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A Depressingly Good Plot August 17, 2009

Posted by gordonwatts in computers.
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Long time readers of this blog will known that I love graphics – and think we need to use visual data representation better in particle physics than we currently do (heck, one of the main reasons I started working with DeepTalk). A friend of mine here in Marseille pointed out this fantastic one from Slate:

image What you are looking at is a static version of the real thing. Seriously, go to the article, and click on the green play button. I’ll wait. You’ll be depressed. You might recognize maps like this from the election. Each box is every single county in the USA. Here the blue circles represent the # of jobs gained each month. The red ones the # lost. And the size of the circle is proportional to the actual number. As you might imagine as the animation makes it way into 2008/2009 the map turns rather red.

There is a lot of data being shown here. But in about 20 seconds you can get a good idea of what is happening to the US job market in the last 2.5 years. So, while a depressing plot, what a great way to show the time evolution data! It has very high information density.

In particle physics most of our plots are static and simple histograms – very low information density. The problem is making high density plots like this is very work intensive. And we’d need the tools do do it quickly. Do such tool kits exist?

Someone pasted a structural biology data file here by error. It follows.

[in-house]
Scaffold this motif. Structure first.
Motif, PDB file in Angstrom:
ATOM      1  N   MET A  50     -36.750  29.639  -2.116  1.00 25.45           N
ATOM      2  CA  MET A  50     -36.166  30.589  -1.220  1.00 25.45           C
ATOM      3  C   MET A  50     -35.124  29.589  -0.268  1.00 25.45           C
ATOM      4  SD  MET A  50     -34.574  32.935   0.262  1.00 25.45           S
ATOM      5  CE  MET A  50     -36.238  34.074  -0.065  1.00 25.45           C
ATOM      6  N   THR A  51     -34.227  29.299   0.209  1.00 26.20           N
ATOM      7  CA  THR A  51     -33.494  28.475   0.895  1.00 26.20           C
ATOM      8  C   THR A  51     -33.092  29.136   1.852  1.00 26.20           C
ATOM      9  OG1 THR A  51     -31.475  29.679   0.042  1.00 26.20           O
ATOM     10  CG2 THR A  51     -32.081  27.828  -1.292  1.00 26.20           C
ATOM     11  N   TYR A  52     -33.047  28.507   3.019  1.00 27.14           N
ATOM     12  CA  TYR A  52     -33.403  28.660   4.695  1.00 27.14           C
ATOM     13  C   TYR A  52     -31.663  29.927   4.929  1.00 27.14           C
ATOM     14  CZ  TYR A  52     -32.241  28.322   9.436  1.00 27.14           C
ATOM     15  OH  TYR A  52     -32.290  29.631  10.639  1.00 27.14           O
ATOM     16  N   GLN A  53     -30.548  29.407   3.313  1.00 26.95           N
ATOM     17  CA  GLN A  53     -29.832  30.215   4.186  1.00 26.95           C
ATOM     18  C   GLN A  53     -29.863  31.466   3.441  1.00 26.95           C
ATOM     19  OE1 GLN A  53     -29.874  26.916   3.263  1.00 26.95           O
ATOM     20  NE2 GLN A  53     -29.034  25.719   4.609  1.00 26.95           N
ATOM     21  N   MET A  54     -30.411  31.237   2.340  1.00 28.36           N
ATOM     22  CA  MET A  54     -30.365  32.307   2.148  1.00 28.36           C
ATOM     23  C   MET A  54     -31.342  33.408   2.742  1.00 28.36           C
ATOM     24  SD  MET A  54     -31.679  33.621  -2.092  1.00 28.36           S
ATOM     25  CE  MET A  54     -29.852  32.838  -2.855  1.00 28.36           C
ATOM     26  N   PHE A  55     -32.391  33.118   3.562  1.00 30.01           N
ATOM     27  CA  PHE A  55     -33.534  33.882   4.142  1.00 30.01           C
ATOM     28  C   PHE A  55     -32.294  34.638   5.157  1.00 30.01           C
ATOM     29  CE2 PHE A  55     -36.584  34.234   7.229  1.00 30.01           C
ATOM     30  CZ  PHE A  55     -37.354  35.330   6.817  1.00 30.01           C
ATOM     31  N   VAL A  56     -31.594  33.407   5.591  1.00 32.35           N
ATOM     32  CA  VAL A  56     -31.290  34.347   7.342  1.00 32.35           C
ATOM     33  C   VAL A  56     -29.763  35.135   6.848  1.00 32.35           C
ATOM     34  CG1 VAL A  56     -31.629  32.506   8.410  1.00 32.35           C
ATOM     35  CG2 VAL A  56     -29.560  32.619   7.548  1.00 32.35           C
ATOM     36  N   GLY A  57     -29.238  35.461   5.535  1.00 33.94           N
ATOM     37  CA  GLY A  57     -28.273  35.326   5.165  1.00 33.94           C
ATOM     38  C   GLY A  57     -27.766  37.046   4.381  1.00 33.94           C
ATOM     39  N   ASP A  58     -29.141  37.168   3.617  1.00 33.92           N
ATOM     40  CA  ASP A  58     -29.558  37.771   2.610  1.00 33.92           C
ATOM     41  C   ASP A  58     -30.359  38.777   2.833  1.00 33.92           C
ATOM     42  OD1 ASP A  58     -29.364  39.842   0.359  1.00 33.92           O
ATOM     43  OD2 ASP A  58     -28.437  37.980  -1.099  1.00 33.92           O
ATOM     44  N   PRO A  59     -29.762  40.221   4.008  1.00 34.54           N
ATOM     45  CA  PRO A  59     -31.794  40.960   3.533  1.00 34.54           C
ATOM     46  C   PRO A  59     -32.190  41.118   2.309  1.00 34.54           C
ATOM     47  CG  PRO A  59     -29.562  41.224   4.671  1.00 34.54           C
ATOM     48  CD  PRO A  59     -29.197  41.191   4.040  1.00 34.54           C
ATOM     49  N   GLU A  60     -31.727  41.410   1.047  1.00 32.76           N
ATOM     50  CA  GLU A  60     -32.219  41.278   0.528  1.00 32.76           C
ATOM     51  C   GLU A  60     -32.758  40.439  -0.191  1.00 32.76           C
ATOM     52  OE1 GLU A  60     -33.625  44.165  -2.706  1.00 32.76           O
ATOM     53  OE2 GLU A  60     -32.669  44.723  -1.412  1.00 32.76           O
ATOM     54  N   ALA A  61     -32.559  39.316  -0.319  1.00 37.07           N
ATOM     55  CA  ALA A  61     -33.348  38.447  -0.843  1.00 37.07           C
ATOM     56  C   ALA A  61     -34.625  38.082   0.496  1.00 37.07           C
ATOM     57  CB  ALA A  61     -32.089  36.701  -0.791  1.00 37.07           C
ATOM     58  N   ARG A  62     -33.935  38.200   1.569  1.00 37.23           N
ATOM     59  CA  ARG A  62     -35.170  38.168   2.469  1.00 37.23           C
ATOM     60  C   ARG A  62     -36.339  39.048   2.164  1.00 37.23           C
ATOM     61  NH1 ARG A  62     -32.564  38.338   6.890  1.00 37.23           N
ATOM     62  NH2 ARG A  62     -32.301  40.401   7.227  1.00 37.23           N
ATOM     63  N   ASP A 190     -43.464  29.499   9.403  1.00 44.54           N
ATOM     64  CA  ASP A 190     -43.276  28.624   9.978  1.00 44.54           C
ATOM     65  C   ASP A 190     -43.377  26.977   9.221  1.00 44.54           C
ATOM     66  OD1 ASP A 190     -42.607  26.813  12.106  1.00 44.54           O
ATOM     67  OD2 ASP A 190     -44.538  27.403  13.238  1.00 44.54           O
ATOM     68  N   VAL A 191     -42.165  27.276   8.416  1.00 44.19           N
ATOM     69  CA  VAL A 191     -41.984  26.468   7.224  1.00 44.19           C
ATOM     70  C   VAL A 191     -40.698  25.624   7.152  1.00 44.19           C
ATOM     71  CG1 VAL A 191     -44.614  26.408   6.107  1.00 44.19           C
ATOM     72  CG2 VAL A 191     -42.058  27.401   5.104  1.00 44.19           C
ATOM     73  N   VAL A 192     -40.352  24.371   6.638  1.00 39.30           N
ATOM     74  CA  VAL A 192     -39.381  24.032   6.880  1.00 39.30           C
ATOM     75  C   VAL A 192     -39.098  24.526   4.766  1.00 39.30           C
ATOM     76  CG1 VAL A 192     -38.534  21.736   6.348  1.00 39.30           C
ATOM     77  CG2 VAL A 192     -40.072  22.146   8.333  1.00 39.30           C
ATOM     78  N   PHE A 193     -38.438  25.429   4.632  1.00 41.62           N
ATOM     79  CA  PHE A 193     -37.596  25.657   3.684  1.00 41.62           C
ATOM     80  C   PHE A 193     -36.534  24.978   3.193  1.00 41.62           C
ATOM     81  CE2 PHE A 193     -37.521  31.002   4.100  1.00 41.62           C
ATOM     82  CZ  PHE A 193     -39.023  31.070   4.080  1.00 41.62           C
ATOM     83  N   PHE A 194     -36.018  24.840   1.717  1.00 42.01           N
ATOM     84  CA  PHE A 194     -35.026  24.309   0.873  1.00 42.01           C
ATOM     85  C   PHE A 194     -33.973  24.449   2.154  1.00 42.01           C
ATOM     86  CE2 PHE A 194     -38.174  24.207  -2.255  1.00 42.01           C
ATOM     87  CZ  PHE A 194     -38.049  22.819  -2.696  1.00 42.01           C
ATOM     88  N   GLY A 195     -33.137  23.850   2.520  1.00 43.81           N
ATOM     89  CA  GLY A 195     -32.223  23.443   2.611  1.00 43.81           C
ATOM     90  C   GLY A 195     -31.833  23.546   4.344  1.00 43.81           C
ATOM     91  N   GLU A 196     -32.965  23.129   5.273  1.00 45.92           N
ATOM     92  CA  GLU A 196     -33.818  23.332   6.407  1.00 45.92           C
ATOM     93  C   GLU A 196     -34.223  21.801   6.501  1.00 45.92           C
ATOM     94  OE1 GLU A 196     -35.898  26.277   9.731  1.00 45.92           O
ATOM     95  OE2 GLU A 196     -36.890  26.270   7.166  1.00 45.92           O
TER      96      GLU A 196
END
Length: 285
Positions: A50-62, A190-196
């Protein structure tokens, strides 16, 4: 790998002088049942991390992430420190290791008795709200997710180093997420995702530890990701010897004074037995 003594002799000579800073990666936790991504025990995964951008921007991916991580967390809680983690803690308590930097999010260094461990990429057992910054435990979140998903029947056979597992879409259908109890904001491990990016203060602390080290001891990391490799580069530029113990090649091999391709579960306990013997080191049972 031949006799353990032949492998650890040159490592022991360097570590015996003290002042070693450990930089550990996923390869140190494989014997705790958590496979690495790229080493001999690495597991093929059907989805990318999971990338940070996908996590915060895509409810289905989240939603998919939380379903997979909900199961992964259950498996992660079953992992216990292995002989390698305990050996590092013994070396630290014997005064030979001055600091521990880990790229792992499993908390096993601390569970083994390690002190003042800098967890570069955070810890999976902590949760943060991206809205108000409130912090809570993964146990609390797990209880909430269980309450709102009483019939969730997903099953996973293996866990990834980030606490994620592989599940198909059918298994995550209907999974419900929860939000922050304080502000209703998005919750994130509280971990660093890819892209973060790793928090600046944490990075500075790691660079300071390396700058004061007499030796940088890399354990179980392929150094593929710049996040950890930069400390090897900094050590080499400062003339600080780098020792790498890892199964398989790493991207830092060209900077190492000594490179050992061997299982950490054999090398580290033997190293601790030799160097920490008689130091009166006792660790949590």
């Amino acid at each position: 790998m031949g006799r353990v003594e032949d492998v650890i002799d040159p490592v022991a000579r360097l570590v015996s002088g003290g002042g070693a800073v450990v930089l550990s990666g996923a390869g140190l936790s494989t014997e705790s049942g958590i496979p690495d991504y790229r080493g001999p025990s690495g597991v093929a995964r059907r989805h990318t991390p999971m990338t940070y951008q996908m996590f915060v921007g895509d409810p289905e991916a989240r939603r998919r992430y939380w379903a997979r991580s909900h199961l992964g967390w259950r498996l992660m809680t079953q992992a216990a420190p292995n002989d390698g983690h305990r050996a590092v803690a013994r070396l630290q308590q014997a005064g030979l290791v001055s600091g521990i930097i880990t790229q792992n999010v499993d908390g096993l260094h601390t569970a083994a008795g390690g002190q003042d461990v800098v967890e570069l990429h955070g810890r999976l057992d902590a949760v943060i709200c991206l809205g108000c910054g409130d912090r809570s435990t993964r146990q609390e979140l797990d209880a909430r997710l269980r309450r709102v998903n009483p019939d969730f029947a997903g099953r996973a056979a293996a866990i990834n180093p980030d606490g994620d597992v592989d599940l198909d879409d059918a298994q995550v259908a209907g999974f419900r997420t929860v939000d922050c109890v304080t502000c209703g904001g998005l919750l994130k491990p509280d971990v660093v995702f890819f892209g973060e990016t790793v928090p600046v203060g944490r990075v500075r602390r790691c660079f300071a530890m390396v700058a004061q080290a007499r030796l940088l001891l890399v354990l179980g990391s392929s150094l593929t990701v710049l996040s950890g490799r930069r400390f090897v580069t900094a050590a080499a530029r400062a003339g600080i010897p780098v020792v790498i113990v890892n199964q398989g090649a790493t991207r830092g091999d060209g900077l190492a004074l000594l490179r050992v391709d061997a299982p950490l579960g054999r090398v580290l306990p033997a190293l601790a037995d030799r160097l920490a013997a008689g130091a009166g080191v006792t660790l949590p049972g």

Comments»

1. Anonymous - August 18, 2009

I don’t know about this particular graph, but it is similar to Gapminder. There’s an interesting TED Talk about it by Hans Rosling. I’m not aware of any other similar tools, if you find them please blog about it.

2. Anonymous - August 18, 2009

I wonder if anyone has a job left in Detroit.
Seriously, and perhaps more pleasantly, perhaps Viewpoints (a NASA project) may be of some help. I believe some Babar folks are thinking of possibly using it for presentations. It can be found at http://astrophysics.arc.nasa.gov/~pgazis/viewpoints.htm

3. Isaac - August 22, 2009

Versions 6 and 7 of Mathematica have made it a choice tool for the rapid production of information- dense graphics. Especially when you just want to view the information, but are not interested in toiling away over micro-editing the plot for publication.

One advantage is the ease-of-use of the Import/Export capabilities, since even an excellent graphical tool is useless if it is a pain to load in the data.

Another advantage is that, in programming termnology, Mathematica treats graphics as literals of a basic type (graphics). This means that almost anything which can be done to nubers, symbols, or strings can also be done to graphics, which means that generating lists of graphics and displaying them dynamically and/or embedding them in one another is done using the same kind of constructs (Lists, Tables, For Loops) as one would use for calculations with numbers.

The final, and perhaps most important, point is that Mathematica has smart and stylish options for the default settings, which saves programmer effort (as when generating dynamic graphics (e.g. 20 plots which link together in time).

Check out the Wolfram Blog or the Wolfram Demonstrations Project.

P.S. I know Mathematica would never replace specialized tools like ROOT, and I only half recommend it for publication level graphics (when the defaults are inadequate, it can be a pain), but where I really recommend it is for scientists who want to make quick plots for their own purposes.

4. John Terning - September 11, 2009

Hans Rosling’s Gapminder software was aquired by Google and parts of it are availabe as free widgets, see for example:
http://www.google.com/ig/directory?url=www.google.com/ig/modules/motionchart.xml


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